Three Toronto Film School students recently got an exclusive, behind-the scenes look at the inner workings of the St. John’s, Newfoundland set of CBC’s Son of a Critch – and now they want to share the experience, documentary style!
“It was my first time going on a real TV set, so it was very exciting,” said newly minted Acting for Film, TV & the Theatre graduate Raha Rou, who acted as host for Inside Track – a short web docuseries that aims to offer insight into all the different creative occupations involved in bringing a hit TV show to life.
“We didn’t have a script. We were just told to go in and be curious, so all the questions came from our hearts. It was incredible to get answers first-hand from people who are actually in the industry, working on a project that’s being produced and has a huge audience here in Canada.”
Filmed back in August, Episode 1 of Inside Track sees Rou and Film Production students Gospell Shanel (on-location sound) and Matt Labra (director of photography), spend four days on the Son of a Critch Season 2 set, where they are given exclusive access to crew members in a variety of roles – from actors and art directors, to costume designers and camera assistants, to producers and post-production managers.
You can watch the full episode HERE.
“My biggest takeaway from the experience is that there’s a place for everyone in the industry, because Son of a Critch is just one series on one channel,” Rou said.
“If you look out, there are so many different mediums and so many different media outlets. And all these channels and all these productions, they all need teams – it’s a huge industry. There’s a place for everyone!”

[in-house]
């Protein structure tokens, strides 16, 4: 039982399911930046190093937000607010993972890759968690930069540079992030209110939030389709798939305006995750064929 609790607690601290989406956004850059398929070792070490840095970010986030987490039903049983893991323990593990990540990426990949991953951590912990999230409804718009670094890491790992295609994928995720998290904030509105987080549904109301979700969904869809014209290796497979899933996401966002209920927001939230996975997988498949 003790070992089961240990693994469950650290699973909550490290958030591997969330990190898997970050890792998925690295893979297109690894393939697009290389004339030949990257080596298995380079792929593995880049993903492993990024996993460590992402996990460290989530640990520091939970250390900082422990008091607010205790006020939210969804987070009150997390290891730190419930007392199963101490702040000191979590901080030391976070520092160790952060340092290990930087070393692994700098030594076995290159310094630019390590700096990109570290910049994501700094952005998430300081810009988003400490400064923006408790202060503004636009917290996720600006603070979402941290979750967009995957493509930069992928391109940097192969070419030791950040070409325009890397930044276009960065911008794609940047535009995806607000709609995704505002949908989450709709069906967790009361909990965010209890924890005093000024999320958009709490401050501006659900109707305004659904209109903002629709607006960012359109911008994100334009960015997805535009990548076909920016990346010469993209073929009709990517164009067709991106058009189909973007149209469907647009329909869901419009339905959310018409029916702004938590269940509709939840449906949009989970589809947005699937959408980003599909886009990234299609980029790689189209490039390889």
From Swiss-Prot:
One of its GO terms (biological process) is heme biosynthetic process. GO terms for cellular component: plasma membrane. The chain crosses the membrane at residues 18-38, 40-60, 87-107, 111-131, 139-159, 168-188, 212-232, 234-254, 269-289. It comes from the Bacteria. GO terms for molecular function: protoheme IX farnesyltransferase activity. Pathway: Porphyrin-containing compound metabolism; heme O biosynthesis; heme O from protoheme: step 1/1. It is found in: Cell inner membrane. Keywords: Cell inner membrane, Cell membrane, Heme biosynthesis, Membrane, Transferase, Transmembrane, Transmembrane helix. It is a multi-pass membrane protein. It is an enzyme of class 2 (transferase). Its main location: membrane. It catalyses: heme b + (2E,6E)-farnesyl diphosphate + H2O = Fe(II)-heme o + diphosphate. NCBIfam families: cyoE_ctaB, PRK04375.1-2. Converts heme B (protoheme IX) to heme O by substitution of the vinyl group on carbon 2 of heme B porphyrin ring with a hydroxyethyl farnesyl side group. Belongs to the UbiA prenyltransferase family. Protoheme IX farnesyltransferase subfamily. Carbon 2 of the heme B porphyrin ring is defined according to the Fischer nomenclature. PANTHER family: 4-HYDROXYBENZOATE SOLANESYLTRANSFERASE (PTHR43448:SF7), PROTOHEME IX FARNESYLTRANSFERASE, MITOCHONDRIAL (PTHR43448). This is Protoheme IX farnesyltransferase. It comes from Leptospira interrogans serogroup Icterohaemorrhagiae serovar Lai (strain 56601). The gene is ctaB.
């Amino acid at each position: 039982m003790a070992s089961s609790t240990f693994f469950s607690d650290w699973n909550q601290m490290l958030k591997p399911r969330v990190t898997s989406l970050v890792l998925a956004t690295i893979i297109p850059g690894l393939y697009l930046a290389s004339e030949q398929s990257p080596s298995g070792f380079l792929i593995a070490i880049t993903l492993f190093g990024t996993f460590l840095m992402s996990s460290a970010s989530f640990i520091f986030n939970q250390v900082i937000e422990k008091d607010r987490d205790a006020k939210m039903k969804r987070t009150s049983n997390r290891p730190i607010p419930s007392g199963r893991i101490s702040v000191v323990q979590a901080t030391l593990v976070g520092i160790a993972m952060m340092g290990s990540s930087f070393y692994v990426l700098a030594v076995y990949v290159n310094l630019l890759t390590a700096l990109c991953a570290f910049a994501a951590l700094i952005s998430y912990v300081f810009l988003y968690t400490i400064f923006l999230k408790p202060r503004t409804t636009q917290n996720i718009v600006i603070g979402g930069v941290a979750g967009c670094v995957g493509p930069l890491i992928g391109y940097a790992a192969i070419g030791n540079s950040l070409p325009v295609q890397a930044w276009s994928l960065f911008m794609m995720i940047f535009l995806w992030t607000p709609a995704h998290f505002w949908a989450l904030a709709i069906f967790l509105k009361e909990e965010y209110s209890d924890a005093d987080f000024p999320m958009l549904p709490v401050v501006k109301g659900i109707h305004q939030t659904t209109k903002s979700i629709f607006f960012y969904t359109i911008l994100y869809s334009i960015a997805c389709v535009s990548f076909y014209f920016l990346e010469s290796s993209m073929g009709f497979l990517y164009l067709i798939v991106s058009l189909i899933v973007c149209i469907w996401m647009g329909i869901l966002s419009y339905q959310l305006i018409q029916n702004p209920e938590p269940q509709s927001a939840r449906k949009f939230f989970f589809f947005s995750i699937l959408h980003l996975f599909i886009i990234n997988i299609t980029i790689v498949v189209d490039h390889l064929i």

Among those sharing stories of their real-world experience working in the screen industries in the first episode of Inside Track are Son of a Critch’s young star, Benjamin Evan Ainsworth, and its Executive Producer, Toronto Film School President Andrew Barnsley, who speaks of the role TFS can play in being a solution-based stakeholder in the film and TV industry.
“When I sort of put on my producer hat, I really see the value of working with skilled and trained workers, particularly in an industry that’s, frankly, experiencing labour shortages,” Barnsley said, noting that, in 2022, the Canadian film and television production industry has continued to set a record-breaking pace in terms of expansion – a growth so dramatic, the demand for skilled and set-ready labour has begun to far outweigh the current supply, creating a plethora of career opportunities in the industry.
“There’s such a commitment and investment from our provincial and federal governments to invest in this industry, but one thing that’s not moving as quickly as it should is the training of the workforce – and that seems like a huge opportunity for Toronto Film School to help elevate production across the country.”
Indeed, as a solution-oriented stakeholder, TFS welcomes the responsibility to help close those gaps in its role as a higher education institution that trains up-and-coming creatives in the areas of Film Production, Acting, Screenwriting, Video Game Design and Graphic Design, among others.
“My dream is to see Toronto Film School students on the sets of every major production, not just here in Toronto, but all across Canada,” Barnsley added.
“Our graduates are not only be ‘set-ready’ but ‘industry-ready’ – confident that they have mastered their craft and gained important insights into an industry that is fast-paced, exciting and demanding.”
To learn more about all the different unique and exciting career paths opening up for talented young creatives in the Canadian film and television industry, check out the first episode of Inside Track HERE.